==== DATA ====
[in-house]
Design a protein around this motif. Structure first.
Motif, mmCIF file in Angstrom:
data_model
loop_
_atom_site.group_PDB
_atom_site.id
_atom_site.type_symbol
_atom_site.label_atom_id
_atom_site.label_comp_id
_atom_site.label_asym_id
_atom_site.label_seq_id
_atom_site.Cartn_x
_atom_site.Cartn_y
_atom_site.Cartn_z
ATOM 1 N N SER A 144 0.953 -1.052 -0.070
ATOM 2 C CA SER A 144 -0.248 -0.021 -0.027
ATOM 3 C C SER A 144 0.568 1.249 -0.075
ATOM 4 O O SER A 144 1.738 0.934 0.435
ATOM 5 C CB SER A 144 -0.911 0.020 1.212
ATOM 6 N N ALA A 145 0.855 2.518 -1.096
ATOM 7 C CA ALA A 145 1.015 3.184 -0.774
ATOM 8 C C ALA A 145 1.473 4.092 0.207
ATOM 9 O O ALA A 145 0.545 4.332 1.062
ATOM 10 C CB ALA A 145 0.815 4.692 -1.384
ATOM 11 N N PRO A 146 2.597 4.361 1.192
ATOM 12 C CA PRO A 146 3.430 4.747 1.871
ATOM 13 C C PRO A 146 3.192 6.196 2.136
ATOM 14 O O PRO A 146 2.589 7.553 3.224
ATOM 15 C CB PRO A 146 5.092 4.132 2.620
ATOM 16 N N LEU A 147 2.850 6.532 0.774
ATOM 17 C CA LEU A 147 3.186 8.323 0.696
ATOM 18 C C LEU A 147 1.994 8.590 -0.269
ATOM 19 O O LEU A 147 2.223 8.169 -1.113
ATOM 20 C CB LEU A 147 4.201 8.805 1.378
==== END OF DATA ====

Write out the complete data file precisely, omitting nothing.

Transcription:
[in-house]
Design a protein around this motif. Structure first.
Motif, mmCIF file in Angstrom:
data_model
loop_
_atom_site.group_PDB
_atom_site.id
_atom_site.type_symbol
_atom_site.label_atom_id
_atom_site.label_comp_id
_atom_site.label_asym_id
_atom_site.label_seq_id
_atom_site.Cartn_x
_atom_site.Cartn_y
_atom_site.Cartn_z
ATOM 1 N N SER A 144 0.953 -1.052 -0.070
ATOM 2 C CA SER A 144 -0.248 -0.021 -0.027
ATOM 3 C C SER A 144 0.568 1.249 -0.075
ATOM 4 O O SER A 144 1.738 0.934 0.435
ATOM 5 C CB SER A 144 -0.911 0.020 1.212
ATOM 6 N N ALA A 145 0.855 2.518 -1.096
ATOM 7 C CA ALA A 145 1.015 3.184 -0.774
ATOM 8 C C ALA A 145 1.473 4.092 0.207
ATOM 9 O O ALA A 145 0.545 4.332 1.062
ATOM 10 C CB ALA A 145 0.815 4.692 -1.384
ATOM 11 N N PRO A 146 2.597 4.361 1.192
ATOM 12 C CA PRO A 146 3.430 4.747 1.871
ATOM 13 C C PRO A 146 3.192 6.196 2.136
ATOM 14 O O PRO A 146 2.589 7.553 3.224
ATOM 15 C CB PRO A 146 5.092 4.132 2.620
ATOM 16 N N LEU A 147 2.850 6.532 0.774
ATOM 17 C CA LEU A 147 3.186 8.323 0.696
ATOM 18 C C LEU A 147 1.994 8.590 -0.269
ATOM 19 O O LEU A 147 2.223 8.169 -1.113
ATOM 20 C CB LEU A 147 4.201 8.805 1.378